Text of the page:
mum size at age 11.8 years for males and 10.2 years for females,
followed by decline during postadolescence and a net decrease
scientific correspondence
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the frontal cortex
. Striatal structures are involved in cognitive
functions such as learning, which is linked to frontal system func-
and improves throughout adolescence
. This suggests tem-
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postadolescent reductions in gray-matter density in frontal and
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We thank the McConnell Brain Imaging Center at the Montreal Neurological
Institute and the SPM software developers at the Wellcome Department of Cognitive
Neurology. Finally, we thank David Kornsand for assistance in anatomical analyses
and John Bacheller for artwork. This study was supported by grants P50 NS22343,
and R01 HD 23854, and NIMH NRSA grant 5T32 MH16381, NSF DBI 9601356,
the NCRR (P41 RR13642), NINDS (NS38753) and the pediatric supplement of the
Human Brain Project, funded jointly by NIMH and NIDA (P20 MH/DA52176).
© 1999 Nature America Inc. •
© 1999 Nature America Inc. •
862 nature neuroscience • volume 2 no 10 • october 1999
in volume; however, pre- and post-adolescent slopes were steep-
er for parietal than for frontal lobes. Temporal-lobe gray matter
also followed a nonlinear developmental course, but maximum
size was not reached until 16.5 years for males and 16.7 years for
females, with a slight decline thereafter. Occipital-lobe gray mat-
ter increased linearly over the age range, without evidence of sig-
nificant decline or leveling. Developmental curves for the different
cortical regions significantly differed from each other; those for
frontal and parietal lobes were the most similar. The
absolute size of the cortical gray matter was approxi-
mately 10% larger in boys, and peaked slightly earlier
in girls, but the shapes of the curves were not signifi-
cantly different between boys and girls.
The regional specificity of findings in cortical gray
matter sheds light on the debate regarding synchro-
nous versus heterochronous development of the cere-
bral cortex. Nonhuman primate studies generally
reveal synchronous cortical development (that is, with
similar timing in diverse cortical regions)
. However,
in humans there are limited but compelling histologi-
cal data to suggest that synapse elimination is hete-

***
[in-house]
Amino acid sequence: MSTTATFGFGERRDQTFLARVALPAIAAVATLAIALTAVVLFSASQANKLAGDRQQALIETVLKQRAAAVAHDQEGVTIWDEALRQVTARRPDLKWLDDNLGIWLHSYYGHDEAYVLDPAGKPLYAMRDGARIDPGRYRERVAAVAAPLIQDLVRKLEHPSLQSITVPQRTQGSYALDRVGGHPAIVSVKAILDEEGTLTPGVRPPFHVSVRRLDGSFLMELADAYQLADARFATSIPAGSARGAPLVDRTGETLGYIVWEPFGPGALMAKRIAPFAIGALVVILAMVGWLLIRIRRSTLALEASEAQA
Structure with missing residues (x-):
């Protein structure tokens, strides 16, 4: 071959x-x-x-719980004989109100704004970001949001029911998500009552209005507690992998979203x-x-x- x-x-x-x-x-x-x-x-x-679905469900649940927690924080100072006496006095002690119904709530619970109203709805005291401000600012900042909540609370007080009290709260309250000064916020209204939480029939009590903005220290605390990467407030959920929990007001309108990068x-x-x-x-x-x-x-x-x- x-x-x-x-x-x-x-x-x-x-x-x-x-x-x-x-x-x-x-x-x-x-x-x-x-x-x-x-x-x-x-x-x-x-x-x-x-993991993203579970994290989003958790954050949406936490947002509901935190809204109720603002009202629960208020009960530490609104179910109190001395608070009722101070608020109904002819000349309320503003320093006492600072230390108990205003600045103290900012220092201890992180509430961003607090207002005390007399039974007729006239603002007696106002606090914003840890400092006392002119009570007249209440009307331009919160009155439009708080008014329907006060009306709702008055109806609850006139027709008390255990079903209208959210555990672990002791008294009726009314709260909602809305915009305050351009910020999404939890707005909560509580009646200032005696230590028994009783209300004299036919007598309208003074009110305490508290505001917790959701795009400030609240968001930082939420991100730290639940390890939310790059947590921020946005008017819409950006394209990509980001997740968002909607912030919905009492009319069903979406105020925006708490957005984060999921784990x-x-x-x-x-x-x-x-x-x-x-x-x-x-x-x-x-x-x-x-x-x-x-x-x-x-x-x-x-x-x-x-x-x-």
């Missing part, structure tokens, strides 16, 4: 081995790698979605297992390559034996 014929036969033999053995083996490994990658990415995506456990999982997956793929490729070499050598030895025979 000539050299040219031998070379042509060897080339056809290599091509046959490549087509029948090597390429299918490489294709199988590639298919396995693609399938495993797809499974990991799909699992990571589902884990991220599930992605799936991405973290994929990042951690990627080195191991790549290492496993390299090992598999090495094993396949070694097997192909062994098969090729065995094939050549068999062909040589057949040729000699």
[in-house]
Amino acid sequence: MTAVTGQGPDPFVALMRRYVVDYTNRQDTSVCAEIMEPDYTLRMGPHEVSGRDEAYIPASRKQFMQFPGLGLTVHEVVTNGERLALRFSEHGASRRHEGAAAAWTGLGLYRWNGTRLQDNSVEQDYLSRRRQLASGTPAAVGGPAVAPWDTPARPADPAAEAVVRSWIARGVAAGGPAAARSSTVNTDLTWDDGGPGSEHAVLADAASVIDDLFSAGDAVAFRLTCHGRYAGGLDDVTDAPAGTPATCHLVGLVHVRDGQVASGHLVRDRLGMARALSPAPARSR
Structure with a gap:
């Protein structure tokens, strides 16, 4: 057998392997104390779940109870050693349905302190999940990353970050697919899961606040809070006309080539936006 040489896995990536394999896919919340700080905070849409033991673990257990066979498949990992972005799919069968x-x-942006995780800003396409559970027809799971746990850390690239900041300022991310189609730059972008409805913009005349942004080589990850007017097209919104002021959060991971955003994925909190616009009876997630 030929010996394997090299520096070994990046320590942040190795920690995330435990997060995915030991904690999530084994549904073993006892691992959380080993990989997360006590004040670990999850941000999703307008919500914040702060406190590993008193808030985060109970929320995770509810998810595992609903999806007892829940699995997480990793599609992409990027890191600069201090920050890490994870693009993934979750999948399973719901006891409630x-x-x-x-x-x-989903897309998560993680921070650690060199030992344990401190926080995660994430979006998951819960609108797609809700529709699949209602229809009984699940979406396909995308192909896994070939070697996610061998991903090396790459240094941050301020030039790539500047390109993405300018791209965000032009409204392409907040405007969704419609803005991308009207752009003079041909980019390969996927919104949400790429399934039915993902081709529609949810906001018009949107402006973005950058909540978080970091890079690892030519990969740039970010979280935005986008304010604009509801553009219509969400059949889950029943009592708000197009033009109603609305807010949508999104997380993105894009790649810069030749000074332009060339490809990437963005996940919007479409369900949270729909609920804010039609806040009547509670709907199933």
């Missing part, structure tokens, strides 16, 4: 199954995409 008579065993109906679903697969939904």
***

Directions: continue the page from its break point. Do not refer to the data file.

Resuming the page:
rochronous, with changes in primary visual and
auditory cortex occurring before those in frontal cor-
. The present data support heterochronic devel-
opment in human cerebral cortex. The pre-adolescent
increase and post-adolescent decrease in cortical gray
matter parallel developmental PET studies of cerebral
glucose metabolism
and EEG studies of slow-wave
sleep amplitude
This MRI study demonstrates a pre-adolescent
increase in cortical gray matter; this phenomenon was
previously obscured, probably by the lack of longitudi-
nal data, as even in an analysis of the 145 cross-section-
al data points in our sample, the largest to date, we could
not detect nonlinearity in these developmental curves.
Whether this gray-matter increase is related to changes
in neuropil, neuronal size or dendritic or axonal
arborization will be best addressed by methods other
scientific correspondence
Fig. 1. Predicted size with 95% confidence intervals for
cortical gray matter in frontal, parietal, temporal and occip-
ital lobes for 243 scans from 89 males and 56 females, ages
4 to 22 years. The arrows indicate peaks of the curves.
4 6 8 10121416182022
4 6 8 10121416182022
4 6 8 10121416182022
4 6 8 10121416182022
4 6 8 10121416182022
Male (Predicted) peak
Female (Predicted)
95% Confidence Intervals
4 6 8 10121416182022
Table 1. Developmental curves for different regions.
p value for p value for
Age Age
p value for no only linear curves
Male Female coefficient coefficient change change having same
Structure intercept intercept β
0, β
0) (β
0) shape
Total 1382 1260 5.6 –0.72 p < 0.0001 p < 0.0001 p = 0.83
cerebrum (12.3) (19.3) (10.0) (0.15)
Total 758 686 –0.50 –0.39 p = 0.001 p = 0.001 p = 0.47
gray (7.3) (11.3) (0.80) (0.12)
Frontal 235 214 –0.38 –0.18 p < 0.0001 p < 0.0001 p = 0.84
gray (2.3) (3.8) (0.28) (0.04)
Temporal 191 175 0.81 –0.10 p < 0.0001 p = 0.002 p = 0.99
gray (1.7) (2.6) (0.22) (0.03)
Parietal 126 116 –0.31 –0.10 p < 0.0001 p < 0.0001 p = 0.51
gray (1.3) (20.0) (0.15) (0.02)
Occipital 70.1 61.5 0.41 0.009 p = 0.007 p = 0.69 p = 0.07
gray (1.2) (1.7) (0.14) (0.02)
The developmental curves are modeled by the equation: size = intercept + β
(age – mean age) + β
(age – mean age)
+ ε
where the intercept term is a random effect that varies by individual and intra-individual correlation of ε is taken into account. A Wald statistic assesses
whether the curve changes with age (that is, whether β
and β
are both 0). A z statistic of β
assesses whether the curve is best fit by a linear (β
= 0) or
quadratic curve (β
0). The curves were found to have similar shapes by sex (no significant differences for any structure), but because the height of the
curves did vary, separate terms were used for boys and girls. Multivariate analysis showed that shapes for the four regions of gray matter significantly differed